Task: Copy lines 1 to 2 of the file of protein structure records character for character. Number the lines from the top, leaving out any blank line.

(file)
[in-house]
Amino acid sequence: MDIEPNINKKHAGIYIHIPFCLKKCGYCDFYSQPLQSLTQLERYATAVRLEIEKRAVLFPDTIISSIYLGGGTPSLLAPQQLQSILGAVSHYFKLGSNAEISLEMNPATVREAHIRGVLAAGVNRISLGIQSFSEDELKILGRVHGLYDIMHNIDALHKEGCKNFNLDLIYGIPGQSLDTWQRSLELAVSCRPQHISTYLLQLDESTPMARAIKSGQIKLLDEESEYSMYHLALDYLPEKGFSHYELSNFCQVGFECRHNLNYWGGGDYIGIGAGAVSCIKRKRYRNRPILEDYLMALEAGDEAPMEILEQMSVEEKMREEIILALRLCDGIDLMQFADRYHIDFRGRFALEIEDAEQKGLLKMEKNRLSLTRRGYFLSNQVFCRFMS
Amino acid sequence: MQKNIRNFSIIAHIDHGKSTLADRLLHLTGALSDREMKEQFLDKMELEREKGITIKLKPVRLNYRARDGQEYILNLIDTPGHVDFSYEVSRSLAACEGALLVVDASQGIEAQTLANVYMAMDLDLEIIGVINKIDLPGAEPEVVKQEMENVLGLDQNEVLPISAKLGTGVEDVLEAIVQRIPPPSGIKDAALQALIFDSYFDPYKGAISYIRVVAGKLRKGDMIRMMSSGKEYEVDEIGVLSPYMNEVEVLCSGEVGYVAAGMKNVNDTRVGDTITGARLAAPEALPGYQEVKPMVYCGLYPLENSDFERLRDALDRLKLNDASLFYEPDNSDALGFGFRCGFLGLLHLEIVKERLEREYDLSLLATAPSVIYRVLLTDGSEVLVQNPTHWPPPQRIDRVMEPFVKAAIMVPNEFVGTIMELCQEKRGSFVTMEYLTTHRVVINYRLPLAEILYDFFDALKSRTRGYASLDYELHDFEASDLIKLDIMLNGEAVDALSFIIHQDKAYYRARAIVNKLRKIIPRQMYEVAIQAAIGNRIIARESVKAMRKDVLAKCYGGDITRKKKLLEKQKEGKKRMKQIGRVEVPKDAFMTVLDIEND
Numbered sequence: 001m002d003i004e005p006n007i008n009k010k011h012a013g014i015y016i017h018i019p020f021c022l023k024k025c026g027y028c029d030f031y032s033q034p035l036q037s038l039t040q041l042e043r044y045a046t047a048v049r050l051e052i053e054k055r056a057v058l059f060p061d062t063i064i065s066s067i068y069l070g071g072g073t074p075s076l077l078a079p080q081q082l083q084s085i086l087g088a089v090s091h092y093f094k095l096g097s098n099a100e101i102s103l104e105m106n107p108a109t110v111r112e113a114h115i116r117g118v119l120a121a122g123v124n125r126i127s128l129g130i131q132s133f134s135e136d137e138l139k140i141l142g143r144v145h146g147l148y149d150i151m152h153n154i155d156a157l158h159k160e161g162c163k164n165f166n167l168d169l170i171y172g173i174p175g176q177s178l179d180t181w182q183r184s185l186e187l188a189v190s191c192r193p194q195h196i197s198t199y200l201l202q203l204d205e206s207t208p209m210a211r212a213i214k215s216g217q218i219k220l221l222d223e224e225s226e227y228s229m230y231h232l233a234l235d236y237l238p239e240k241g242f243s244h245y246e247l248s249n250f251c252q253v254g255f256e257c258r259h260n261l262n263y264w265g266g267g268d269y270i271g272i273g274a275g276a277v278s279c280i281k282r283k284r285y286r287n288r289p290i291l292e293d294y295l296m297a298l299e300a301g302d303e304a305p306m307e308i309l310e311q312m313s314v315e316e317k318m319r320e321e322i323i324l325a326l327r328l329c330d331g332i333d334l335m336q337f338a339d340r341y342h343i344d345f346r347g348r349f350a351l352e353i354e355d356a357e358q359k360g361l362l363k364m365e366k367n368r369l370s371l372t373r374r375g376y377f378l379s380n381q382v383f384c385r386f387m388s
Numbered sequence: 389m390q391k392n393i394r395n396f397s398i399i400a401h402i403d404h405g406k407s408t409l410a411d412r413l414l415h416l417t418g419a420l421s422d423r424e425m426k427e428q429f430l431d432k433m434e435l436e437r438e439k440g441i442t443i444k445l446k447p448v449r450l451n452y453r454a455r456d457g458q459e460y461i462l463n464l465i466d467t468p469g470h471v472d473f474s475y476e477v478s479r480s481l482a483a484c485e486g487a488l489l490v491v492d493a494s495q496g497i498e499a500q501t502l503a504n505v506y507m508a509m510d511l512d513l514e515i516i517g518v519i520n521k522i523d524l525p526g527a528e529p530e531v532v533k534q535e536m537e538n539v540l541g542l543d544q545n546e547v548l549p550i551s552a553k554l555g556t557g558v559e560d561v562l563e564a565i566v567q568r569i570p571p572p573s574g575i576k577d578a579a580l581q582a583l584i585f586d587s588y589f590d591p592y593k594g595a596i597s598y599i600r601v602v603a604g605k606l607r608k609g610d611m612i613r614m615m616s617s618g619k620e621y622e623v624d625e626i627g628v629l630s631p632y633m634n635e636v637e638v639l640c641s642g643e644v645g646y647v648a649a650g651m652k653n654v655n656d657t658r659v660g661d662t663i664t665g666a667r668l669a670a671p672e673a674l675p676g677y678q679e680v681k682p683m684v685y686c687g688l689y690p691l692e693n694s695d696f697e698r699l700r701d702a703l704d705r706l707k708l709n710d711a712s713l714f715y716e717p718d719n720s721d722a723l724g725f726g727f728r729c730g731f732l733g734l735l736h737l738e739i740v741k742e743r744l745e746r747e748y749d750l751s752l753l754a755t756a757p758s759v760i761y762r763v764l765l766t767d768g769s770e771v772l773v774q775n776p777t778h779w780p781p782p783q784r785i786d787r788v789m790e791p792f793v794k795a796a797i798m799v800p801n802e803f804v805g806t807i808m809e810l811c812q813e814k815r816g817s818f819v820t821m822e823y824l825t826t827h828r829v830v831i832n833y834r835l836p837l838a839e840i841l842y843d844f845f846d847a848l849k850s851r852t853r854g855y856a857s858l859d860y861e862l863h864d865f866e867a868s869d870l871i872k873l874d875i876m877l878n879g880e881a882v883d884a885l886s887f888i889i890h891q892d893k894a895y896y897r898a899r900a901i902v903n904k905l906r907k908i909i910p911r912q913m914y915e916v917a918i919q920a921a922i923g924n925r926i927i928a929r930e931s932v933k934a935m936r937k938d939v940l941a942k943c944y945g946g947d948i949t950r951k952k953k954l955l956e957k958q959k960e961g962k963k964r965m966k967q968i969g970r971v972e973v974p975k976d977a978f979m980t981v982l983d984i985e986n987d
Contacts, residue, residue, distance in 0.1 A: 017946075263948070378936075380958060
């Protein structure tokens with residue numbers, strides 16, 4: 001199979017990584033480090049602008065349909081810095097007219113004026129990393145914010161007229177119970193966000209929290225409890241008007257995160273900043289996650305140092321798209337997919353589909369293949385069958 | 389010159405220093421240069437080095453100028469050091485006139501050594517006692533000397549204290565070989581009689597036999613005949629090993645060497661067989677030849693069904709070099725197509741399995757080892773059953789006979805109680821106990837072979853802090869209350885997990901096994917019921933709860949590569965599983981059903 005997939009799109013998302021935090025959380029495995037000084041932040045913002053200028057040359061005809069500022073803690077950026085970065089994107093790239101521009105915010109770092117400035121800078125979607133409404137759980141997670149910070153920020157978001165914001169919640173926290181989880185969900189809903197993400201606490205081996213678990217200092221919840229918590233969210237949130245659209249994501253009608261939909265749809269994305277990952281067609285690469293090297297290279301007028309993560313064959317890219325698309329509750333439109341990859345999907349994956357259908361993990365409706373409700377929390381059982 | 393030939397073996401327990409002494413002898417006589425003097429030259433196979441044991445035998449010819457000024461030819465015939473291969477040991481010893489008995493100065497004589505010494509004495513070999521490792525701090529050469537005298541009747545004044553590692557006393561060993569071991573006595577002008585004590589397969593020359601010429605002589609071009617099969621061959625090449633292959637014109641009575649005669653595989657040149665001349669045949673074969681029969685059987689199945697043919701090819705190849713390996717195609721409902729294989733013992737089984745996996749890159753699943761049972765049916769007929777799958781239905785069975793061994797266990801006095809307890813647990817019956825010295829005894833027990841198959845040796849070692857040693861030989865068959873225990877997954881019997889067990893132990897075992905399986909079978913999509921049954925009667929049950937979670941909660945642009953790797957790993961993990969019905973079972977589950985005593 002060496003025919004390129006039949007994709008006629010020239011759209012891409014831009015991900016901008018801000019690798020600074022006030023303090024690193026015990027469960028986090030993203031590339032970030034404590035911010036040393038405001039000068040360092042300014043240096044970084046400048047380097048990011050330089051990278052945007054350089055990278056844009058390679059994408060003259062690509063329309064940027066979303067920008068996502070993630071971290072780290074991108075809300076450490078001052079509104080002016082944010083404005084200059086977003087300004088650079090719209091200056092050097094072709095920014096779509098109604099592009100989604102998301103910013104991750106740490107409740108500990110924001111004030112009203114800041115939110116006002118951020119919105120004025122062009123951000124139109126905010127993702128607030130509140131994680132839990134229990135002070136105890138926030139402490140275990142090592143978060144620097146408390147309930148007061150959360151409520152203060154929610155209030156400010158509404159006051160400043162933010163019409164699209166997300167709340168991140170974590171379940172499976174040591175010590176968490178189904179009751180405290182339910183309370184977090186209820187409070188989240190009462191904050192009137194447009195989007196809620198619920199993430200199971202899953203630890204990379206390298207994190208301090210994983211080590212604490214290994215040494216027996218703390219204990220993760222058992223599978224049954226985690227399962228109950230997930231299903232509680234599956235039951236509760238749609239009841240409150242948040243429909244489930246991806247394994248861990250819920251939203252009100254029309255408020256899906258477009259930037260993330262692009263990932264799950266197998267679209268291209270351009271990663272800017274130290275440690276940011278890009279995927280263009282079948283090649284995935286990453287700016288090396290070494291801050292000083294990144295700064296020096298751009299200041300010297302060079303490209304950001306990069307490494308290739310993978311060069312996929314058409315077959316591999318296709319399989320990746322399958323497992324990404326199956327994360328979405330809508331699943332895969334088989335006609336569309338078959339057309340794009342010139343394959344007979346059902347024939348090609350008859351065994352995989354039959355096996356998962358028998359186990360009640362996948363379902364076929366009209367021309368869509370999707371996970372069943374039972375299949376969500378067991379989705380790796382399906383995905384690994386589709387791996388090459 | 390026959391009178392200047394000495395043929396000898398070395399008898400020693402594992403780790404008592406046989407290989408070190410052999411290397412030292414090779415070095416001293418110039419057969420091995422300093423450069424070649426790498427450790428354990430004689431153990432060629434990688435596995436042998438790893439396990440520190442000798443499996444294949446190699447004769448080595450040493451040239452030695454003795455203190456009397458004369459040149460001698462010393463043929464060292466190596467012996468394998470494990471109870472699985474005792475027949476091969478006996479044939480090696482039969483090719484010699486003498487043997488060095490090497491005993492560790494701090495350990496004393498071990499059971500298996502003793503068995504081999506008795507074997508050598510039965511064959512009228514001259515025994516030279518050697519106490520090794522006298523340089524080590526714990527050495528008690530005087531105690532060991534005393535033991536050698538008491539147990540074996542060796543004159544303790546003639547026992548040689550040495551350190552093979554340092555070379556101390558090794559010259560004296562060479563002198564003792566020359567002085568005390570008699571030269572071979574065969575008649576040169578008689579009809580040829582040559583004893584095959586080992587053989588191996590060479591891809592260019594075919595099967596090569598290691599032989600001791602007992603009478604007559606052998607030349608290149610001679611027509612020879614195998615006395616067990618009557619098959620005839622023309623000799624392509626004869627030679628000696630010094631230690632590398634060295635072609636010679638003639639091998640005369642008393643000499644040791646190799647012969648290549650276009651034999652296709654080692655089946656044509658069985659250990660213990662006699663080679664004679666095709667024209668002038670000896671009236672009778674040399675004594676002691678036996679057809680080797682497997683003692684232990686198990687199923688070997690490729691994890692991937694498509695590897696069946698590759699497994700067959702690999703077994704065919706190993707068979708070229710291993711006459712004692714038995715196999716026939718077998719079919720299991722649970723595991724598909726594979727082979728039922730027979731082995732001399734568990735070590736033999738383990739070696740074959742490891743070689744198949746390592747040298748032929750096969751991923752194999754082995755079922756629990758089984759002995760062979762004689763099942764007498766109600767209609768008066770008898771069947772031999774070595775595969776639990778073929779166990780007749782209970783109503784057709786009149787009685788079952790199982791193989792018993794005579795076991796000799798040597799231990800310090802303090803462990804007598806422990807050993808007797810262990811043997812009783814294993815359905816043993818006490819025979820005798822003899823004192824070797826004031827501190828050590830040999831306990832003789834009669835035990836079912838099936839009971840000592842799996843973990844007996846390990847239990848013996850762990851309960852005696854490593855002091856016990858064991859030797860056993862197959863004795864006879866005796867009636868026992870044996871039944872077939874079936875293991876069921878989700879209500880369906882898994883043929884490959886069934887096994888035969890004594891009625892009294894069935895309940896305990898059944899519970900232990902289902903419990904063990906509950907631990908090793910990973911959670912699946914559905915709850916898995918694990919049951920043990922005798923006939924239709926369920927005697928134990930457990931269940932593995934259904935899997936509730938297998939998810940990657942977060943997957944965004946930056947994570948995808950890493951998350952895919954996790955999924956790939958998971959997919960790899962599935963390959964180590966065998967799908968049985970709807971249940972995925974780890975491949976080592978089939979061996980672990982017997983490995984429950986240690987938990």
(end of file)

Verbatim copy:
[in-house]
Amino acid sequence: MDIEPNINKKHAGIYIHIPFCLKKCGYCDFYSQPLQSLTQLERYATAVRLEIEKRAVLFPDTIISSIYLGGGTPSLLAPQQLQSILGAVSHYFKLGSNAEISLEMNPATVREAHIRGVLAAGVNRISLGIQSFSEDELKILGRVHGLYDIMHNIDALHKEGCKNFNLDLIYGIPGQSLDTWQRSLELAVSCRPQHISTYLLQLDESTPMARAIKSGQIKLLDEESEYSMYHLALDYLPEKGFSHYELSNFCQVGFECRHNLNYWGGGDYIGIGAGAVSCIKRKRYRNRPILEDYLMALEAGDEAPMEILEQMSVEEKMREEIILALRLCDGIDLMQFADRYHIDFRGRFALEIEDAEQKGLLKMEKNRLSLTRRGYFLSNQVFCRFMS